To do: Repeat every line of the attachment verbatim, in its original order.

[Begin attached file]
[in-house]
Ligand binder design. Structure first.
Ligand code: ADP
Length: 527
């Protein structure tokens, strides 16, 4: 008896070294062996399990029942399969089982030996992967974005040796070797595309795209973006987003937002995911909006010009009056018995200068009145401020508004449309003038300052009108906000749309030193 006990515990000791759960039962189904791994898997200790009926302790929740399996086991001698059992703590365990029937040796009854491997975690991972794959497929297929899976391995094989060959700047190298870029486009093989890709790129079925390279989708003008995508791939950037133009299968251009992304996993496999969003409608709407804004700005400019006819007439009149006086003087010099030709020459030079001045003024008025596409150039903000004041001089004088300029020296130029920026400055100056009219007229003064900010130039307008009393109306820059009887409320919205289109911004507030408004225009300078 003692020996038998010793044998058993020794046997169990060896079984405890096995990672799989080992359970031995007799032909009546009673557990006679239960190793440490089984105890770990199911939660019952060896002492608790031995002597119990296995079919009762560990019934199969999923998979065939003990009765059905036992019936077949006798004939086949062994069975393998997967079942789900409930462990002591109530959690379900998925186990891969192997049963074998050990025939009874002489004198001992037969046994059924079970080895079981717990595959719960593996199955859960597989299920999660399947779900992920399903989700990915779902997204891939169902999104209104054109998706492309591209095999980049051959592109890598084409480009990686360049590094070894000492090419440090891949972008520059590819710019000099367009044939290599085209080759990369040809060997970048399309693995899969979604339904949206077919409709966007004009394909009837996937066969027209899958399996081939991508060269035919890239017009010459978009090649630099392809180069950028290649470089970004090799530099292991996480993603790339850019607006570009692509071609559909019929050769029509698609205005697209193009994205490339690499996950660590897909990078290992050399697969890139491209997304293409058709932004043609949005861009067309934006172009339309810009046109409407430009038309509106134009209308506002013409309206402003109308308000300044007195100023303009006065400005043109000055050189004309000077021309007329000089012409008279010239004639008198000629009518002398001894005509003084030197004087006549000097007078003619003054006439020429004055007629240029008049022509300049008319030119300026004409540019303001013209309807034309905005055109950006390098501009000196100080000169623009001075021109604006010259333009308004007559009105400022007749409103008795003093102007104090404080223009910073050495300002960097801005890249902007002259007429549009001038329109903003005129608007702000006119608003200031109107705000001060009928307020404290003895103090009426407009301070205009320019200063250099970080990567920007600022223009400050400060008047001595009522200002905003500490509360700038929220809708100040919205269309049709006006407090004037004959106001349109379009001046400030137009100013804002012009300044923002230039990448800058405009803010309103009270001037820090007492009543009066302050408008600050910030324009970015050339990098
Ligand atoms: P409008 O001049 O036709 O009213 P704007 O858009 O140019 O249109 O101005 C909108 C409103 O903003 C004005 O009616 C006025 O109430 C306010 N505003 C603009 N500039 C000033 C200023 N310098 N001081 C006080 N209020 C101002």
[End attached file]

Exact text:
[in-house]
Ligand binder design. Structure first.
Ligand code: ADP
Length: 527
């Protein structure tokens, strides 16, 4: 008896070294062996399990029942399969089982030996992967974005040796070797595309795209973006987003937002995911909006010009009056018995200068009145401020508004449309003038300052009108906000749309030193 006990515990000791759960039962189904791994898997200790009926302790929740399996086991001698059992703590365990029937040796009854491997975690991972794959497929297929899976391995094989060959700047190298870029486009093989890709790129079925390279989708003008995508791939950037133009299968251009992304996993496999969003409608709407804004700005400019006819007439009149006086003087010099030709020459030079001045003024008025596409150039903000004041001089004088300029020296130029920026400055100056009219007229003064900010130039307008009393109306820059009887409320919205289109911004507030408004225009300078 003692020996038998010793044998058993020794046997169990060896079984405890096995990672799989080992359970031995007799032909009546009673557990006679239960190793440490089984105890770990199911939660019952060896002492608790031995002597119990296995079919009762560990019934199969999923998979065939003990009765059905036992019936077949006798004939086949062994069975393998997967079942789900409930462990002591109530959690379900998925186990891969192997049963074998050990025939009874002489004198001992037969046994059924079970080895079981717990595959719960593996199955859960597989299920999660399947779900992920399903989700990915779902997204891939169902999104209104054109998706492309591209095999980049051959592109890598084409480009990686360049590094070894000492090419440090891949972008520059590819710019000099367009044939290599085209080759990369040809060997970048399309693995899969979604339904949206077919409709966007004009394909009837996937066969027209899958399996081939991508060269035919890239017009010459978009090649630099392809180069950028290649470089970004090799530099292991996480993603790339850019607006570009692509071609559909019929050769029509698609205005697209193009994205490339690499996950660590897909990078290992050399697969890139491209997304293409058709932004043609949005861009067309934006172009339309810009046109409407430009038309509106134009209308506002013409309206402003109308308000300044007195100023303009006065400005043109000055050189004309000077021309007329000089012409008279010239004639008198000629009518002398001894005509003084030197004087006549000097007078003619003054006439020429004055007629240029008049022509300049008319030119300026004409540019303001013209309807034309905005055109950006390098501009000196100080000169623009001075021109604006010259333009308004007559009105400022007749409103008795003093102007104090404080223009910073050495300002960097801005890249902007002259007429549009001038329109903003005129608007702000006119608003200031109107705000001060009928307020404290003895103090009426407009301070205009320019200063250099970080990567920007600022223009400050400060008047001595009522200002905003500490509360700038929220809708100040919205269309049709006006407090004037004959106001349109379009001046400030137009100013804002012009300044923002230039990448800058405009803010309103009270001037820090007492009543009066302050408008600050910030324009970015050339990098
Ligand atoms: P409008 O001049 O036709 O009213 P704007 O858009 O140019 O249109 O101005 C909108 C409103 O903003 C004005 O009616 C006025 O109430 C306010 N505003 C603009 N500039 C000033 C200023 N310098 N001081 C006080 N209020 C101002």